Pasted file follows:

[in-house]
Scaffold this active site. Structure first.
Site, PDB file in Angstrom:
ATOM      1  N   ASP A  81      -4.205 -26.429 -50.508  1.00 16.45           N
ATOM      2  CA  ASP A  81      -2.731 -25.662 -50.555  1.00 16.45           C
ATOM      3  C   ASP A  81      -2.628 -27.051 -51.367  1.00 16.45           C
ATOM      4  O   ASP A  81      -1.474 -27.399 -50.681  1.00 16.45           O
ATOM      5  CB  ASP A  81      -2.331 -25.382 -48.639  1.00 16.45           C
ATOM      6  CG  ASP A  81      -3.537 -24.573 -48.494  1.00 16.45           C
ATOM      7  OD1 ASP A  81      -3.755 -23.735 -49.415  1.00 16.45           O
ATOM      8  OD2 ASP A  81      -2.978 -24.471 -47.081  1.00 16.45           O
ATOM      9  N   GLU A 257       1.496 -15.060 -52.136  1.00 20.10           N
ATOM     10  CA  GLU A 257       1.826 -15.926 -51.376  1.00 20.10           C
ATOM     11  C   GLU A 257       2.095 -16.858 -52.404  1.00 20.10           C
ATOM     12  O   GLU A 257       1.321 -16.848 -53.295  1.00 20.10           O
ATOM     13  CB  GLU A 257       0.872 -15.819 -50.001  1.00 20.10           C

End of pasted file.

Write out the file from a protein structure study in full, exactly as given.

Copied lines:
[in-house]
Scaffold this active site. Structure first.
Site, PDB file in Angstrom:
ATOM      1  N   ASP A  81      -4.205 -26.429 -50.508  1.00 16.45           N
ATOM      2  CA  ASP A  81      -2.731 -25.662 -50.555  1.00 16.45           C
ATOM      3  C   ASP A  81      -2.628 -27.051 -51.367  1.00 16.45           C
ATOM      4  O   ASP A  81      -1.474 -27.399 -50.681  1.00 16.45           O
ATOM      5  CB  ASP A  81      -2.331 -25.382 -48.639  1.00 16.45           C
ATOM      6  CG  ASP A  81      -3.537 -24.573 -48.494  1.00 16.45           C
ATOM      7  OD1 ASP A  81      -3.755 -23.735 -49.415  1.00 16.45           O
ATOM      8  OD2 ASP A  81      -2.978 -24.471 -47.081  1.00 16.45           O
ATOM      9  N   GLU A 257       1.496 -15.060 -52.136  1.00 20.10           N
ATOM     10  CA  GLU A 257       1.826 -15.926 -51.376  1.00 20.10           C
ATOM     11  C   GLU A 257       2.095 -16.858 -52.404  1.00 20.10           C
ATOM     12  O   GLU A 257       1.321 -16.848 -53.295  1.00 20.10           O
ATOM     13  CB  GLU A 257       0.872 -15.819 -50.001  1.00 20.10           C